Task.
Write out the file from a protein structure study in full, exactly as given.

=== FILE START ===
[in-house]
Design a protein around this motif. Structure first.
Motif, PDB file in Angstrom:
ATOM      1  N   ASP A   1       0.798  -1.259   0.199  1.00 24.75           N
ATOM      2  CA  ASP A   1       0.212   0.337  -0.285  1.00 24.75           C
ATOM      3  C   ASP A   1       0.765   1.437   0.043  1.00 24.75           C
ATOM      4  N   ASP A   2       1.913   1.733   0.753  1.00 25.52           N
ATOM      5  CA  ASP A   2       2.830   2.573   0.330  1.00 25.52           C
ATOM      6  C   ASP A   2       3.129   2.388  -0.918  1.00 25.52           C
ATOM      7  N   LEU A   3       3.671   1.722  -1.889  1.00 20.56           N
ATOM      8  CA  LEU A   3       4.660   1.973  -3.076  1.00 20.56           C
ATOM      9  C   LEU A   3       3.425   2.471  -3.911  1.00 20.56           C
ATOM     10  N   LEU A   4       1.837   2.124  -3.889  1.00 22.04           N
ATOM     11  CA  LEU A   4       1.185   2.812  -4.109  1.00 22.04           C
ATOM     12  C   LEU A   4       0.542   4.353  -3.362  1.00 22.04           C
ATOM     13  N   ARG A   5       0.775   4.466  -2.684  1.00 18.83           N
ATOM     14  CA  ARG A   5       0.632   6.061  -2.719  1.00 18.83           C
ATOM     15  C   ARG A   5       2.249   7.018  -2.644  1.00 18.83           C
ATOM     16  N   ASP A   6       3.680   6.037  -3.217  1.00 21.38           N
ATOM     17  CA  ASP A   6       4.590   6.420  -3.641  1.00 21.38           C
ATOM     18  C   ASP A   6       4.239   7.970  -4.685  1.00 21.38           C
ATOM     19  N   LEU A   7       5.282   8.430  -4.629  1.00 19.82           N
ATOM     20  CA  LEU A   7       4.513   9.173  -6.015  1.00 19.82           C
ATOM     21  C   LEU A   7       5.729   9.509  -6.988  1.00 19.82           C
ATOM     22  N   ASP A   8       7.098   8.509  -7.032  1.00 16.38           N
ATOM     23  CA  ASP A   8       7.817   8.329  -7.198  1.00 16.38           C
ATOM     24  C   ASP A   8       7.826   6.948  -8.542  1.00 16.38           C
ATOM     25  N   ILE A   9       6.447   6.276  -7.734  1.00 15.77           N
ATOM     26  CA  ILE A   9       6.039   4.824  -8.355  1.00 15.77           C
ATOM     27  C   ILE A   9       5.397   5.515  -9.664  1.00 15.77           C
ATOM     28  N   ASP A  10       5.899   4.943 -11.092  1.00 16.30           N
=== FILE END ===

[in-house]
Design a protein around this motif. Structure first.
Motif, PDB file in Angstrom:
ATOM      1  N   ASP A   1       0.798  -1.259   0.199  1.00 24.75           N
ATOM      2  CA  ASP A   1       0.212   0.337  -0.285  1.00 24.75           C
ATOM      3  C   ASP A   1       0.765   1.437   0.043  1.00 24.75           C
ATOM      4  N   ASP A   2       1.913   1.733   0.753  1.00 25.52           N
ATOM      5  CA  ASP A   2       2.830   2.573   0.330  1.00 25.52           C
ATOM      6  C   ASP A   2       3.129   2.388  -0.918  1.00 25.52           C
ATOM      7  N   LEU A   3       3.671   1.722  -1.889  1.00 20.56           N
ATOM      8  CA  LEU A   3       4.660   1.973  -3.076  1.00 20.56           C
ATOM      9  C   LEU A   3       3.425   2.471  -3.911  1.00 20.56           C
ATOM     10  N   LEU A   4       1.837   2.124  -3.889  1.00 22.04           N
ATOM     11  CA  LEU A   4       1.185   2.812  -4.109  1.00 22.04           C
ATOM     12  C   LEU A   4       0.542   4.353  -3.362  1.00 22.04           C
ATOM     13  N   ARG A   5       0.775   4.466  -2.684  1.00 18.83           N
ATOM     14  CA  ARG A   5       0.632   6.061  -2.719  1.00 18.83           C
ATOM     15  C   ARG A   5       2.249   7.018  -2.644  1.00 18.83           C
ATOM     16  N   ASP A   6       3.680   6.037  -3.217  1.00 21.38           N
ATOM     17  CA  ASP A   6       4.590   6.420  -3.641  1.00 21.38           C
ATOM     18  C   ASP A   6       4.239   7.970  -4.685  1.00 21.38           C
ATOM     19  N   LEU A   7       5.282   8.430  -4.629  1.00 19.82           N
ATOM     20  CA  LEU A   7       4.513   9.173  -6.015  1.00 19.82           C
ATOM     21  C   LEU A   7       5.729   9.509  -6.988  1.00 19.82           C
ATOM     22  N   ASP A   8       7.098   8.509  -7.032  1.00 16.38           N
ATOM     23  CA  ASP A   8       7.817   8.329  -7.198  1.00 16.38           C
ATOM     24  C   ASP A   8       7.826   6.948  -8.542  1.00 16.38           C
ATOM     25  N   ILE A   9       6.447   6.276  -7.734  1.00 15.77           N
ATOM     26  CA  ILE A   9       6.039   4.824  -8.355  1.00 15.77           C
ATOM     27  C   ILE A   9       5.397   5.515  -9.664  1.00 15.77           C
ATOM     28  N   ASP A  10       5.899   4.943 -11.092  1.00 16.30           N